The range of keynote speakers was broad, but in different ways all following the theme of Engineering the Future. One which I'll always remember was Steve Arthur, from Wessex Water speaking in support of WaterAid. This was a powerful and thought-provoking address in which he traced the potential arc of a woman's life, from birth, and the impact that water or lack of it had on her and her children's well-being and safely. His demonstration of the level of infant mortality due to lack of clean water was truly sobering.
There were many other highlights, too numerous to mention. On the final evening the delegates from South East Region (an impressive 52 in total) cheered when Carol Infanti went up on the stage to accept the regalia from Susie Forbes, outgoing Regional President. We all then enjoyed a party accompanied by Malta's premier pop group (I never expected to see so many Soroptimists dancing, particularly not to a group who were young enough to be their grandchildren). We had a District dinner in a typical Maltese restaurant.
The fellowship and friendship we experienced was amazing, and I returned home feeling that we were all more aware of the international SI picture, better bonded internationally and at District and Club level. In addition we'd had a great holiday with friends.
Would I go again - yes, of course I would! I'm already looking forward to Cardiff next year.

Elizabeth Astridge
SI Maidstone

My impressions of the SIGBI Conference in Malta 2016
I am new to Soroptimism and therefore have not been to any conferences before the recent one in Malta. The event has helped me to understand a lot more about the organisation and just how vast the area that SIGBI covers really is. The opening ceremony where a flag was carried to represent each country was spectacular as there were so many different colours and nationalities included.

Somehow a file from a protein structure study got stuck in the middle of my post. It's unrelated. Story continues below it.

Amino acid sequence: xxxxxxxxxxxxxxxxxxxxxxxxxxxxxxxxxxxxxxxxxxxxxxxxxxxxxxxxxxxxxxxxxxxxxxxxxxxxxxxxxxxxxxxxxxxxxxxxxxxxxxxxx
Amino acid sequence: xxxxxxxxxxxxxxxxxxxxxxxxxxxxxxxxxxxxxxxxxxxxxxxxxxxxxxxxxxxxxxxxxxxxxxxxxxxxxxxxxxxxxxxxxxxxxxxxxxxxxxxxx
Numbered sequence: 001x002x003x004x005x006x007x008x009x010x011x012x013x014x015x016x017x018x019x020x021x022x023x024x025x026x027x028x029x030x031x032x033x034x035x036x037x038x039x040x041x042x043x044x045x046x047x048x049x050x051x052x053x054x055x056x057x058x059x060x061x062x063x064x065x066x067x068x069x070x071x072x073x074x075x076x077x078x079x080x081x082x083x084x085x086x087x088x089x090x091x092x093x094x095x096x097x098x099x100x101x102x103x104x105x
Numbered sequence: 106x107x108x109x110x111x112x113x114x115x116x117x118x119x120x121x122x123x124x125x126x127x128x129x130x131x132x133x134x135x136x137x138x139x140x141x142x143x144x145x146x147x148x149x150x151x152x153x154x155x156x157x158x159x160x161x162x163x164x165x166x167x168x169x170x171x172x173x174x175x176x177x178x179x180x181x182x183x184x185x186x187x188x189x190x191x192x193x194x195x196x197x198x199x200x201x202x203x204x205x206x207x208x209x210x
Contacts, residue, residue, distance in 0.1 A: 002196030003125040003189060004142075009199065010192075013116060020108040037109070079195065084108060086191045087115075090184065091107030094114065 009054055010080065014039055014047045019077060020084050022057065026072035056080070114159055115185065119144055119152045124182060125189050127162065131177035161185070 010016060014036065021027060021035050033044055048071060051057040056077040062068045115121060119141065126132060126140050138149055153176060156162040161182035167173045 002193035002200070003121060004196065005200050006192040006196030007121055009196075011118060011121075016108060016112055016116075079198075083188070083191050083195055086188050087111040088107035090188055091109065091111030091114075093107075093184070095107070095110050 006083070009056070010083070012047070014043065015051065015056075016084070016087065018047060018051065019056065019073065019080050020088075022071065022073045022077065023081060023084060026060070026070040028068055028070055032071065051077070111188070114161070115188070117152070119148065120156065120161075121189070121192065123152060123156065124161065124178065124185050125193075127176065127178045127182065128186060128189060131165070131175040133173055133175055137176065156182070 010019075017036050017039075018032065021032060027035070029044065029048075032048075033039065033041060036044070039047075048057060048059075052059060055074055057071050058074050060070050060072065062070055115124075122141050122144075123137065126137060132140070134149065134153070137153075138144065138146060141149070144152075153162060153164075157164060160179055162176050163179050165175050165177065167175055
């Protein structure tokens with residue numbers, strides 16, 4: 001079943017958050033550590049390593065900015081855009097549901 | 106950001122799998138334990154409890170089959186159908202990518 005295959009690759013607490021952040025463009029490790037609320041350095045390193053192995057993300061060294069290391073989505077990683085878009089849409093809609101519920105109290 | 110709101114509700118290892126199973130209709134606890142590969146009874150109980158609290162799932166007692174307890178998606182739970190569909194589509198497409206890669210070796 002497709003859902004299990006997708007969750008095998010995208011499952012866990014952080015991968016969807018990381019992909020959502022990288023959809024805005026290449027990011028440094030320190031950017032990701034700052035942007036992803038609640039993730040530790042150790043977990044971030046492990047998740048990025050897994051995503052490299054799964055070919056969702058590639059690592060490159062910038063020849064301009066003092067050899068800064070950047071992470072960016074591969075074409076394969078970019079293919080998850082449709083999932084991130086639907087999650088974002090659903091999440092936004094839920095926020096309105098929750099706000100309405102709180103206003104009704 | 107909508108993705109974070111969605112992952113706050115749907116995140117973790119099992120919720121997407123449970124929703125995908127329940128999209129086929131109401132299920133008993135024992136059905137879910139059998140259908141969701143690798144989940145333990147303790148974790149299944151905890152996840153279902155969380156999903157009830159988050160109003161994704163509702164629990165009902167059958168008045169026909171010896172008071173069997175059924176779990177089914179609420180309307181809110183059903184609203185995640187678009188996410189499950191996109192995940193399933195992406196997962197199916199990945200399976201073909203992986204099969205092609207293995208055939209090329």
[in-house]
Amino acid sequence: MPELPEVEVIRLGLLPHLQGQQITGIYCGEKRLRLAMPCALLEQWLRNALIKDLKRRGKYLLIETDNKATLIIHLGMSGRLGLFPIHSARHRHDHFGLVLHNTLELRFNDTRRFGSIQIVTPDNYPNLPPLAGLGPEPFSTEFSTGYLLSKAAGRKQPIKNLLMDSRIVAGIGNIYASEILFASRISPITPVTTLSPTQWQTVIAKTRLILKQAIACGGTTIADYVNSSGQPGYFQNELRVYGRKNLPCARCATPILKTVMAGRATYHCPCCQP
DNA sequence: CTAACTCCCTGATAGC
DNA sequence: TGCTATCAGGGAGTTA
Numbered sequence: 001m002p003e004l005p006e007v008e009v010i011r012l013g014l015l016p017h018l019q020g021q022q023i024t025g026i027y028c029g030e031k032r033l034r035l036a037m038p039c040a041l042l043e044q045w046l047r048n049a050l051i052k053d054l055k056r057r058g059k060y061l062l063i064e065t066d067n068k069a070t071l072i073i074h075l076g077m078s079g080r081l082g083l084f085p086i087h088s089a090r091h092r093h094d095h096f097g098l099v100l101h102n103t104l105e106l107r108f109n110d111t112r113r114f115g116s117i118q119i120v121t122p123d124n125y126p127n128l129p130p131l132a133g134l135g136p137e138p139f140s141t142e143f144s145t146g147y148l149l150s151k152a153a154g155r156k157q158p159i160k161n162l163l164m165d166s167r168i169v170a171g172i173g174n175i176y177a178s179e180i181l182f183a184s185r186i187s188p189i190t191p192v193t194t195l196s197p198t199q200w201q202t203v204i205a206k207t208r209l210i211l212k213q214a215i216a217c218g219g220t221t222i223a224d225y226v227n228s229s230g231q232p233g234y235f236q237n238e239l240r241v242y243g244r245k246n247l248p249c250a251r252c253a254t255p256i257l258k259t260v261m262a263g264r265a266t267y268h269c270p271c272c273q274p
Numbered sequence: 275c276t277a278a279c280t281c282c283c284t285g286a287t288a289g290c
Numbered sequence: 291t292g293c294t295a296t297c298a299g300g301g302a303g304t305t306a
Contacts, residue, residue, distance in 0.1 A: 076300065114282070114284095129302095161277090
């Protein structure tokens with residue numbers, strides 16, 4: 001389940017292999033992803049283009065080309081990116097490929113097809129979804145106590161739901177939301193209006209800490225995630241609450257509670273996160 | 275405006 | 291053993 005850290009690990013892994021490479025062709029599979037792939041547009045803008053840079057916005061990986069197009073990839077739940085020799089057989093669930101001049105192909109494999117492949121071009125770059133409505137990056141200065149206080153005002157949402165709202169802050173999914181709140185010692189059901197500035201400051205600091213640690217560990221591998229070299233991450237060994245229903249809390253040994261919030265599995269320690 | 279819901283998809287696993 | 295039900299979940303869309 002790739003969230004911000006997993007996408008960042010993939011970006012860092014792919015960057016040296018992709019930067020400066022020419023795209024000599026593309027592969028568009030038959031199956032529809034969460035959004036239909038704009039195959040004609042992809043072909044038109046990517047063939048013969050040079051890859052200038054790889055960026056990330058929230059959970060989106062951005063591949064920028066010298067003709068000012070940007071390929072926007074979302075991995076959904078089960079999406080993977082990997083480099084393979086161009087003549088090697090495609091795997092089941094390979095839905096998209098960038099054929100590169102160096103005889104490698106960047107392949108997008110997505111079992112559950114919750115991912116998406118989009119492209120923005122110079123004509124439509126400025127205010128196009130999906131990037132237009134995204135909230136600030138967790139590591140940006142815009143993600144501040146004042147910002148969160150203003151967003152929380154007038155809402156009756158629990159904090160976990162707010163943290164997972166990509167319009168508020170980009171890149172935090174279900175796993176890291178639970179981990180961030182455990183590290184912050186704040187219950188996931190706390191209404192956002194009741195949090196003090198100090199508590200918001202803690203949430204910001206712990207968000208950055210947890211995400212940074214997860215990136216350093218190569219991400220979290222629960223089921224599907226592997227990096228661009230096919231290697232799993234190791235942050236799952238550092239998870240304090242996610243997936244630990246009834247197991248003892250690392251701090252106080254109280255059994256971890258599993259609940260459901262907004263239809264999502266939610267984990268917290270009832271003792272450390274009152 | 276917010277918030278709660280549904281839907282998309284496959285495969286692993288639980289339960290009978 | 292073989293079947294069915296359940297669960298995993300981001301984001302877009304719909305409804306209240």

I was privileged to meet Soroptimists from all over the world at the event. I was particularly interested to hear about the variety of good causes which Soroptimists are involved in which include many local projects such as literature competitions, national projects such as the Spoon Project for Kaman Nirvana and international projects such as Water Aid.
The AGM, which I thought might be a bit dull!, was everything but dull with each of the proposals being keenly and thoroughly debated. There was a sense of mutual respect in the room with people for and against each proposal being given equal chance to speak and everyone was listened to. The meeting was very civilised despite people feeling passionately about some of the issues.
The speakers were excellent and inspirational especially 20 year old Sara Ezabe Malliue who has done so much already in her short life to counter discrimination of all kinds especially racism and religious discrimination. Sara explained about how in Malta, she has experienced bus drivers who refuse to pick her up as she is a Muslim and she is now doing much to re-educate her community. Another excellent speaker was Steve Arthur from Wessex Water who was able to explain how a lack of clean water can affect women especially; at each stage of life using real case studies to illustrate this.
To summarise, I was so enthused and energized by attending the conference in Malta that I cannot wait for the next conference in Cardiff next year and I would highly recommend that club members, but particularly new members, attend a SIGBI conference if at all possible as it provides such a great opportunity to learn about Soroptimism on a global scale and has certainly confirmed, for me what a great organisation Soroptimism is to be part of.

Susannah Burden
SI Ashford